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Ignorance of the Rules of Omission: An Essay on Privilege Law

Posted by on Monday, November 27, 2023 in Articles, Volume 76, Volume 76, Number 6.

Rebecca Wexler | 76 Vand. L. Rev. 1609

Alton Logan spent twenty-six years in prison for a murder he did not commit, sleeping with a homemade metal shank under his pillow for protection. Meanwhile, attorney Dale Coventry kept the evidence that would ultimately exonerate Logan—another man’s confession—in a box beneath his bed. Coventry kept the confession secret for a quarter century because he believed that it was protected by attorney-client privilege and that his duty of confidentiality to his client mattered more than decades of Mr. Logan’s life.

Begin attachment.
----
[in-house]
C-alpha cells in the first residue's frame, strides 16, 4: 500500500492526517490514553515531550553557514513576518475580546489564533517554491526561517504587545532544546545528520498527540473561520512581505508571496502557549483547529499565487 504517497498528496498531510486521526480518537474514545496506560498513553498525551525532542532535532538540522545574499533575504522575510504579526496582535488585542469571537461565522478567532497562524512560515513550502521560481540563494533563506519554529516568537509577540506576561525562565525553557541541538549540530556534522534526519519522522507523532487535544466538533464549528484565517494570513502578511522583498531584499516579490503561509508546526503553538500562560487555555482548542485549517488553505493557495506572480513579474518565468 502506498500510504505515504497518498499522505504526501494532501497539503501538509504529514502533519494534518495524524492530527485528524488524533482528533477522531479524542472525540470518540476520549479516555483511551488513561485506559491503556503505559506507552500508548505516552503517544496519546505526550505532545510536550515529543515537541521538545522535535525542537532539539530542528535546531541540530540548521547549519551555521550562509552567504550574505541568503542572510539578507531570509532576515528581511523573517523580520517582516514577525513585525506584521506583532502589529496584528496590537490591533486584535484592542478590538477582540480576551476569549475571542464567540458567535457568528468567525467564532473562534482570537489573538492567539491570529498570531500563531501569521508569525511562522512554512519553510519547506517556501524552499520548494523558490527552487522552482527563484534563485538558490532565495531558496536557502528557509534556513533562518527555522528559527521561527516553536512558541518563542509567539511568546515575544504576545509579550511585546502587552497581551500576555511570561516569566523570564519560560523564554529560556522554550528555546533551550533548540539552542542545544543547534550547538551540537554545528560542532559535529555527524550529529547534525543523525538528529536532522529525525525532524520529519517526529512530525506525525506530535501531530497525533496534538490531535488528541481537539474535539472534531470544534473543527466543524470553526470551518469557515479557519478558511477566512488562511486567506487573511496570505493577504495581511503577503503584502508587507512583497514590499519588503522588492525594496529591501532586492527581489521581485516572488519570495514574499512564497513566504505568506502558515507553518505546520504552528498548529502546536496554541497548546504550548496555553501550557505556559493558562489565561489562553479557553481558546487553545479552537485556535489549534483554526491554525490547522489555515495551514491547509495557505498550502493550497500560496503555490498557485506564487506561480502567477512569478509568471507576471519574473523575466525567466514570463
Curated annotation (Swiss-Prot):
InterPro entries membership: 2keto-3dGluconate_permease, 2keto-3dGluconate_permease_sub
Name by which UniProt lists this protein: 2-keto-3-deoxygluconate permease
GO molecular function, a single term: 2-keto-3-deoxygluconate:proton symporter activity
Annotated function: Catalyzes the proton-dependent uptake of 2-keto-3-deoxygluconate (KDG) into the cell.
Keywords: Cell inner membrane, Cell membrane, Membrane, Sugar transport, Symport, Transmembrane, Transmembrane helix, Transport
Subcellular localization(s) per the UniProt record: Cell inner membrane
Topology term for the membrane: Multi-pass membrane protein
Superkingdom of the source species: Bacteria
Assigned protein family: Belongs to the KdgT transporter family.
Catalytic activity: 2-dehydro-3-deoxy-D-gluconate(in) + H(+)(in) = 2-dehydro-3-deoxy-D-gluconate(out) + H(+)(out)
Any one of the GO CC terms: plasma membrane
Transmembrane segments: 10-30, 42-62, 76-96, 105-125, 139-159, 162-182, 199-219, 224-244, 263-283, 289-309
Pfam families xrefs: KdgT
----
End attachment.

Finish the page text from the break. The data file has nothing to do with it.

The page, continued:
How could it happen that a legal rule ostensibly forged from humanistic concern for honor and ethics—passed along to us through the ages, from early Elizabethan cases that talked of gentlemen and morality, of avoiding treachery and betrayal—could cause such a tragedy?

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Rebecca Wexler